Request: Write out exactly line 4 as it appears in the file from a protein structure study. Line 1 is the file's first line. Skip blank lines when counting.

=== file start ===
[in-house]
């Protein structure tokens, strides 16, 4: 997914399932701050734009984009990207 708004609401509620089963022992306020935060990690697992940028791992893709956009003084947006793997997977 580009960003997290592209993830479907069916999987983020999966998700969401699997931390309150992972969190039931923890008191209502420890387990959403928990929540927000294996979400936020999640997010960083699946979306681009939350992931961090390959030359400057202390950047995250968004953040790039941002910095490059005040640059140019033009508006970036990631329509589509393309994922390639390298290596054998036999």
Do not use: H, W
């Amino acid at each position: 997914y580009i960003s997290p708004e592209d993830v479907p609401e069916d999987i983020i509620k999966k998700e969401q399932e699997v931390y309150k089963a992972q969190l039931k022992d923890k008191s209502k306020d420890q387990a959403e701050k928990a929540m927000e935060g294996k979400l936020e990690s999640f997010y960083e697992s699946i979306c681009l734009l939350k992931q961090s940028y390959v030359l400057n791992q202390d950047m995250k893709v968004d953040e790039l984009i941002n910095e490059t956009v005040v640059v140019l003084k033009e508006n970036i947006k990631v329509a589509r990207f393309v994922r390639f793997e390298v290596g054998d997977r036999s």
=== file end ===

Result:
């Amino acid at each position: 997914y580009i960003s997290p708004e592209d993830v479907p609401e069916d999987i983020i509620k999966k998700e969401q399932e699997v931390y309150k089963a992972q969190l039931k022992d923890k008191s209502k306020d420890q387990a959403e701050k928990a929540m927000e935060g294996k979400l936020e990690s999640f997010y960083e697992s699946i979306c681009l734009l939350k992931q961090s940028y390959v030359l400057n791992q202390d950047m995250k893709v968004d953040e790039l984009i941002n910095e490059t956009v005040v640059v140019l003084k033009e508006n970036i947006k990631v329509a589509r990207f393309v994922r390639f793997e390298v290596g054998d997977r036999s």